The first question any candidate for office has to answer is why he or she is actually running for the job. You’d be surprised how many have no real answer beyond, well, it seemed like a good idea at the time.
But for Michael Bennet, the question is just a little tougher. I mean, coming off prostate cancer surgery, with 20 Dems already in the field — many of them qualified, one from his own state — Bennett announced he was running, too. In adding one more Dem, the earth did not move. Much of the earth didn’t even take notice. Bennet says he’s a long shot and he is. We’re talking a Kentucky Derby-sized field, but, after a DQ, it’s worthwhile remembering that a 65-to-1 shot was the winner.
And still they come, despite the numbers in the latest poll I saw, which didn’t include Bennet: Only eight candidates were above 1%. Only six were above 3%. (John Hickenlooper, by the way, hit 1%, a step up from the last poll when he hit a big fat 0.) Don’t you have to be a raging egotist or terribly naive — and Bennet, I can testify, is neither — to believe the race to defeat Donald Trump needs yet another candidate, particularly one with decidedly low name recognition and no obvious base?
A New York magazine piece on Bennet’s announcement, clearly labeled satire, answered the question this way: “Why I — a Bland White Guy You’ve Never Heard Of — Am Running for President.”
Bennet joined the race long after Hickenlooper, who had brought Bennet into Colorado politics, had announced. (The Bennet-Hickenlooper analysis may require a politically astute shrink, rather than a mere political columnist.) It isn’t as if the campaigns will overlap all that much. It’s a matter of donors and a matter of forcing Colorado politicos to take a side. Most will not. Most will figure there’s a VP slot or cabinet post at best. Or maybe Hick will come back to Colorado and run against Cory Gardner for his Senate seat in 2020.
Hickenlooper, meanwhile, is having predictable problems. In covering one gaffe, in which he couldn’t bring himself to tell Morning Joe he was a capitalist, Hick has finally conceded the obvious in a Wall Street Journal op-ed. Brew-pub owners across the country heaved a sigh of relief. But to take it further, Hickenlooper then seemed to take a sideways shot at Bernie Sanders, telling a New Hampshire crowd that the GOP had helped in “reviving the lure of socialism for a generation of Americans” while blaming Trump and the Koch brothers for helping to “resuscitate the discredited ideas of Karl Marx and Joseph Stalin.”
Marx and Stalin — really? How about Trotsky and Mao? I hear the kids talking about AOC and Bernie, which might not be the same thing. In fact, I’m pretty sure “Das Kapital” isn’t a best seller these days, and I must have been binging on “Barry” during the Stalin nostalgia moment. When the show trials start, let me know.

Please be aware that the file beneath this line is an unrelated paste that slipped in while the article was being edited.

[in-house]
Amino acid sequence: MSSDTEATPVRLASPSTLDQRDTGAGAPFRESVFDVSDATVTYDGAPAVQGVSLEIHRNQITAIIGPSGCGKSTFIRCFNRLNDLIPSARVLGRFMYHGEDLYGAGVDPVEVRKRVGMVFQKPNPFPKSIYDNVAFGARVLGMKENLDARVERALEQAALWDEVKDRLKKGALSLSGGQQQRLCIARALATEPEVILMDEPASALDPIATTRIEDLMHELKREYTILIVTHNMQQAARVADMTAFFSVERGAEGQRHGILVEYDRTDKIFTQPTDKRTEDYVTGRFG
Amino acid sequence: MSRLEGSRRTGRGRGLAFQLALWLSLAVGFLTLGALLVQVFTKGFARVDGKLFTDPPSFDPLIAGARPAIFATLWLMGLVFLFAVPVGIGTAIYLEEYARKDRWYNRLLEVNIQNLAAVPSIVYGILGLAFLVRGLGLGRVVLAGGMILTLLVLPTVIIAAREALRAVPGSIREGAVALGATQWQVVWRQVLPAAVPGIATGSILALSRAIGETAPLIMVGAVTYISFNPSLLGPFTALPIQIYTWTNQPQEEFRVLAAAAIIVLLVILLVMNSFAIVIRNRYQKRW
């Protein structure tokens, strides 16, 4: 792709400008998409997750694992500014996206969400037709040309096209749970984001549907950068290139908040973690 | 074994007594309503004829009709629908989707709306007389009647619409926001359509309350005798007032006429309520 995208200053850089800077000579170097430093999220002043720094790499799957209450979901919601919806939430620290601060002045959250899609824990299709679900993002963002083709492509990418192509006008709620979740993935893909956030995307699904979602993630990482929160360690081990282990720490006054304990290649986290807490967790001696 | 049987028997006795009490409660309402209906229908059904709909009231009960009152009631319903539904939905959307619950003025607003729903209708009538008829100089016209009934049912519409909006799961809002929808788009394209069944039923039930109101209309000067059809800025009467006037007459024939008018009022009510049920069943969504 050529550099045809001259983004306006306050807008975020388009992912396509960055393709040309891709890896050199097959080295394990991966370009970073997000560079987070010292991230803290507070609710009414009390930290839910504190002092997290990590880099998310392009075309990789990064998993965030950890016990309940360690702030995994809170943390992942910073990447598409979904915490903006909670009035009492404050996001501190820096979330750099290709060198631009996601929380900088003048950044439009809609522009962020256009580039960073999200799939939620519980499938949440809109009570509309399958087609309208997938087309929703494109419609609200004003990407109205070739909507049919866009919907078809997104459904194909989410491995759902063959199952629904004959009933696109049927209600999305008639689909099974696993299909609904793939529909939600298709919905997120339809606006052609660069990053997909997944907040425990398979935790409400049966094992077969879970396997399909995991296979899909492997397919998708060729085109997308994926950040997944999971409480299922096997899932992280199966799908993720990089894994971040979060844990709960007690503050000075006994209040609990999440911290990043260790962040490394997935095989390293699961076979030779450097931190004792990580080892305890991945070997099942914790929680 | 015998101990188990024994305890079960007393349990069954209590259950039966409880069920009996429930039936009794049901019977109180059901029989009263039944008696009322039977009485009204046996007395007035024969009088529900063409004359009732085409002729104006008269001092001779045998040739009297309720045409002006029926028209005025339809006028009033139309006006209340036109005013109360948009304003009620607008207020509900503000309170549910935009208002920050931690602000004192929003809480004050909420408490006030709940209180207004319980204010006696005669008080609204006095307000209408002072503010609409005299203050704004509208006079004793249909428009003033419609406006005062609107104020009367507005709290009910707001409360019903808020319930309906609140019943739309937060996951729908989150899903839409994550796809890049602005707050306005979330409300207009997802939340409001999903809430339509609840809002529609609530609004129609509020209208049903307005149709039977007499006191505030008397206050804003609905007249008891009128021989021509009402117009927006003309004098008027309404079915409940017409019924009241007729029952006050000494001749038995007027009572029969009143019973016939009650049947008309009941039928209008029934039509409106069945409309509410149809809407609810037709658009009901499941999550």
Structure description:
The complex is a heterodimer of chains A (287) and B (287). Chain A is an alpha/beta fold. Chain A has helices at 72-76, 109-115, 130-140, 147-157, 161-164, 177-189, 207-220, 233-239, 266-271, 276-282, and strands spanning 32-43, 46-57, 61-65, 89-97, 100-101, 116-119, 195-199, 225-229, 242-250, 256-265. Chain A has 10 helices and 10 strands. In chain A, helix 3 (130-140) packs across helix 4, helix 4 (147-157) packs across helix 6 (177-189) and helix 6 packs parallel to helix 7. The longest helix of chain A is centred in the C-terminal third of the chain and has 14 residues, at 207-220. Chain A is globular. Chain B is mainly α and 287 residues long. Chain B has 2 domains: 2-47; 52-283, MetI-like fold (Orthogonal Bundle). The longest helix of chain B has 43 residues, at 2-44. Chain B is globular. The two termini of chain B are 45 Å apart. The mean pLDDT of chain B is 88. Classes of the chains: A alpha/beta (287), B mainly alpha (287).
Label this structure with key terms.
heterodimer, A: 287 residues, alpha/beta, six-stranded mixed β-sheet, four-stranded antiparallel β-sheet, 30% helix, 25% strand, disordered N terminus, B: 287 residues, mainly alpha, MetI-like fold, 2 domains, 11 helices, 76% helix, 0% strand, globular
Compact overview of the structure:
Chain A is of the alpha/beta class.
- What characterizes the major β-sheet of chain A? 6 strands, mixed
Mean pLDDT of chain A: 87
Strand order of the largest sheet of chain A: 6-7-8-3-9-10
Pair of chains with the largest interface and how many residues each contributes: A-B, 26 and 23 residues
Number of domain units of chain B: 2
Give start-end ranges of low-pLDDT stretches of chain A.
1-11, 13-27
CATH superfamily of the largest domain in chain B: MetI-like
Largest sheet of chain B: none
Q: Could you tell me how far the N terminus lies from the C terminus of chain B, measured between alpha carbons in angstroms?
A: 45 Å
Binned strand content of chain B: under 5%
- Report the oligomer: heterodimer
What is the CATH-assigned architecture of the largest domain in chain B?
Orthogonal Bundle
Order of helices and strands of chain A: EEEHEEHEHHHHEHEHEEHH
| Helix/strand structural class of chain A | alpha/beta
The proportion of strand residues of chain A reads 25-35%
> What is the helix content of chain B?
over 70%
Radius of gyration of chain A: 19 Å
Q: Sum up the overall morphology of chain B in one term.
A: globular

So, the challenge for Bennet is to come up with a campaign-origins story that makes sense. He wrote a book decrying the money and corruption that plague Washington. He was short on how to solve the problems, but it’s no secret that nearly every Democrat’s first priority is ridding us of the Trump presidency. We’ll know if Bennet is making any progress when/if he gets a Trump nickname. Biden’s Sleepy Joe is presumably a shot at Biden’s age from the septuagenarian president who says “I’m the youngest.”
Then there’s Biden himself. Put me in the camp that Biden’s overwhelming numbers, while significant, are no guarantee of anything. For example, Biden is strongest with African American women, a number that, I’m guessing, will be challenged and overcome by do-not-underrate-her Kamala Harris. And several election gurus, in pushing back on Biden, have pointed out that establishment-backed, non-incumbent Democrats haven’t performed so well in presidential elections.
But let’s take a brief history tour. Don’t worry. There’s no quiz at the end. Hillary Clinton, establishment, lost in 2016. Barack Obama, non-establishment, won in 2008. Kerry, establishment, lost in 2004. Gore, establishment, lost in 2000. Bill Clinton, not the establishment favorite, won in 1992. Mike Dukakis, establishment, lost in 1988. Water Mondale, establishment, lost in 1984. Jimmy Carter, not establishment, won in 1976. McGovern, not establishment, lost in 1972. Hubert Humphrey, establishment, lost in 1968. You get the picture. For the record, all those Dem establishment nominees were seen as “electable.”
If you want Bennet’s answer for why he’s running, there are many places to look. There’s Bennet’s campaign video — if you have four minutes, here it is — in which he makes the case that America needs realistic solutions to our problems. No free college, he says. A public option — in which people can keep their insurance if they want — instead of Medicare for All. He’s running as the anti-Trump but also as the anti-Bernie. So far, though, no mention of Marx or Stalin.
For you policy wonks, Bennet is there for you — as a politician who likes to both read and write — with his several-thousand-word campaign manifesto, in which he tackles at length a multitude of issues, but particularly “bipartisan ineptitude, laziness and an absence of vision” which he argues, with the help of rich donors and Fox News, made way for the Tea Party, which made way for the Freedom Caucus, which made way for Donald Trump.
There are other reasons any reasonably ambitious Democrat has little to lose by getting in the race. For one thing, the size of the field might well favor the emergence of an underdog, although Mayor Pete seems to have taken the early lead there. For another, unless you’re Nancy Pelosi, Adam Schiff and maybe Jerry Nadler, if you want to have your voice heard over the next 18 months or so, you have to be in the game. If Bennet were still only a senator, would any reporters be asking his opinion on Medicare for All?